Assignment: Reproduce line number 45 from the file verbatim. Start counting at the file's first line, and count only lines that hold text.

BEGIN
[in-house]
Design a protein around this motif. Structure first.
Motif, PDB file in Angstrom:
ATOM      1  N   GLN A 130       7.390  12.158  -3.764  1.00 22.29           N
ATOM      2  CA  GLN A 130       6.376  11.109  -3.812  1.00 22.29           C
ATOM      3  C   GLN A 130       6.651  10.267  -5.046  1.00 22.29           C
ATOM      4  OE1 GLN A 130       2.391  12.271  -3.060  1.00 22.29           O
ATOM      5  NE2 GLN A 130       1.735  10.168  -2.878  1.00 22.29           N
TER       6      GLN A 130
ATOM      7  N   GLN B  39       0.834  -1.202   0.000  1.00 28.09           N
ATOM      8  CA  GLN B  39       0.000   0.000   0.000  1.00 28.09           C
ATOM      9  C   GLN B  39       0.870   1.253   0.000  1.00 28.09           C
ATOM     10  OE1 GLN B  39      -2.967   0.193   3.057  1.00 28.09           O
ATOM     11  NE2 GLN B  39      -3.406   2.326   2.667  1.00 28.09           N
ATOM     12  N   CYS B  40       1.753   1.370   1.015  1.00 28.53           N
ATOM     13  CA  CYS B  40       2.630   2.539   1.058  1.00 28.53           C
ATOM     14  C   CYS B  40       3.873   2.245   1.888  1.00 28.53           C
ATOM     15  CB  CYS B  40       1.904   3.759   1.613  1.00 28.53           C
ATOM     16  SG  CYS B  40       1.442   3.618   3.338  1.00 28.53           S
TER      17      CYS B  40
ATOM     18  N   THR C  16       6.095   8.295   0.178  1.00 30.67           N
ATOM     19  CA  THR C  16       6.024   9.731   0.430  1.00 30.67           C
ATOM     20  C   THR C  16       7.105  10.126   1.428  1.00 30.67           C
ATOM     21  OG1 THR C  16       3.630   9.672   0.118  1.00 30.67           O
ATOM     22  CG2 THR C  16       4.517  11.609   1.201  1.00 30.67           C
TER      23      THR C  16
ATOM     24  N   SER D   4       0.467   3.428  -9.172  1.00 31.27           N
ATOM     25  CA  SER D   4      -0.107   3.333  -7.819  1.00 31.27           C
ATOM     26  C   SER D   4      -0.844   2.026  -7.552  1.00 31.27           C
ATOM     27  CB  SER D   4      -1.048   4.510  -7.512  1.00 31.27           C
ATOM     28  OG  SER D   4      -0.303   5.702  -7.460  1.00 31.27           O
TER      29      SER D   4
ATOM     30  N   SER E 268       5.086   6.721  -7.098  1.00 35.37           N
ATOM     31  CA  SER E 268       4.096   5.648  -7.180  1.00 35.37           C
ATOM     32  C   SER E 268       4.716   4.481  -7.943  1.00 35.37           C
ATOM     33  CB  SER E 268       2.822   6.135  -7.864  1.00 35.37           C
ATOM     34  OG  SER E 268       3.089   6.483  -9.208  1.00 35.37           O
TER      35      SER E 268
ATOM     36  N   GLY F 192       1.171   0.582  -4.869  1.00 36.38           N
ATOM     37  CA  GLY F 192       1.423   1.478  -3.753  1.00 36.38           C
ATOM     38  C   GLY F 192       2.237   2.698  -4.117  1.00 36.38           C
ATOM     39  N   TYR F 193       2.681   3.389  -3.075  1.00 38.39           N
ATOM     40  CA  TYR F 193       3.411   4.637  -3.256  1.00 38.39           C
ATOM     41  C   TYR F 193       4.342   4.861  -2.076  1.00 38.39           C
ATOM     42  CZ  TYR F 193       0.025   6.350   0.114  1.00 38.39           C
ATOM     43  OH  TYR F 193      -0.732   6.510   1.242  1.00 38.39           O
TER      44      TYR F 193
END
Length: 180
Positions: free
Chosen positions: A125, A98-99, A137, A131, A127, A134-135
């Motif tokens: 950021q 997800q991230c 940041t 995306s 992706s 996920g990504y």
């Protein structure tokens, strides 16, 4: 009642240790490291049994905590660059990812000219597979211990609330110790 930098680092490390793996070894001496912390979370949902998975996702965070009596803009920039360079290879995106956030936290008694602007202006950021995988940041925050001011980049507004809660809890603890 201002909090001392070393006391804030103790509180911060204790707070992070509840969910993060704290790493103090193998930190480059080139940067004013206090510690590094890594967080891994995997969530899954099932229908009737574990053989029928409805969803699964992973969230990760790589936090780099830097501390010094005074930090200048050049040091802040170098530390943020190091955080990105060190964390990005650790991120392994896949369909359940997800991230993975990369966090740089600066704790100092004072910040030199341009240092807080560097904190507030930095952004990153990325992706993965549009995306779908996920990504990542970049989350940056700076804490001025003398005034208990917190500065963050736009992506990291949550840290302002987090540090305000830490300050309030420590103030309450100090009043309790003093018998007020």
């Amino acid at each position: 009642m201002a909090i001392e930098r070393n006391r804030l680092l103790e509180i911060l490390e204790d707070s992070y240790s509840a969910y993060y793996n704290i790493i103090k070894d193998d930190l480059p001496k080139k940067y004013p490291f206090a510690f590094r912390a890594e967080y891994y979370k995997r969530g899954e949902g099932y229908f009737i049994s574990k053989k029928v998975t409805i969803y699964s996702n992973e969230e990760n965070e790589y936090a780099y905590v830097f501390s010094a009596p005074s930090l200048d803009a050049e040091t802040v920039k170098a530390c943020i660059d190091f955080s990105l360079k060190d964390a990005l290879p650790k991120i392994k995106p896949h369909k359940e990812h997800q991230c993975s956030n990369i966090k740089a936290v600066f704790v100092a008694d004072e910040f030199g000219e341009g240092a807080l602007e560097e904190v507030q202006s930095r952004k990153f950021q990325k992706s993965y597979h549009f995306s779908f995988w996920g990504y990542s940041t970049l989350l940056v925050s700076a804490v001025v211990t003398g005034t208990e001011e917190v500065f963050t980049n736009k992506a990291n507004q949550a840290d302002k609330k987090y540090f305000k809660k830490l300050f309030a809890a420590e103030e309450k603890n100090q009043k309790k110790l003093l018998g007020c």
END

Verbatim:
ATOM     42  CZ  TYR F 193       0.025   6.350   0.114  1.00 38.39           C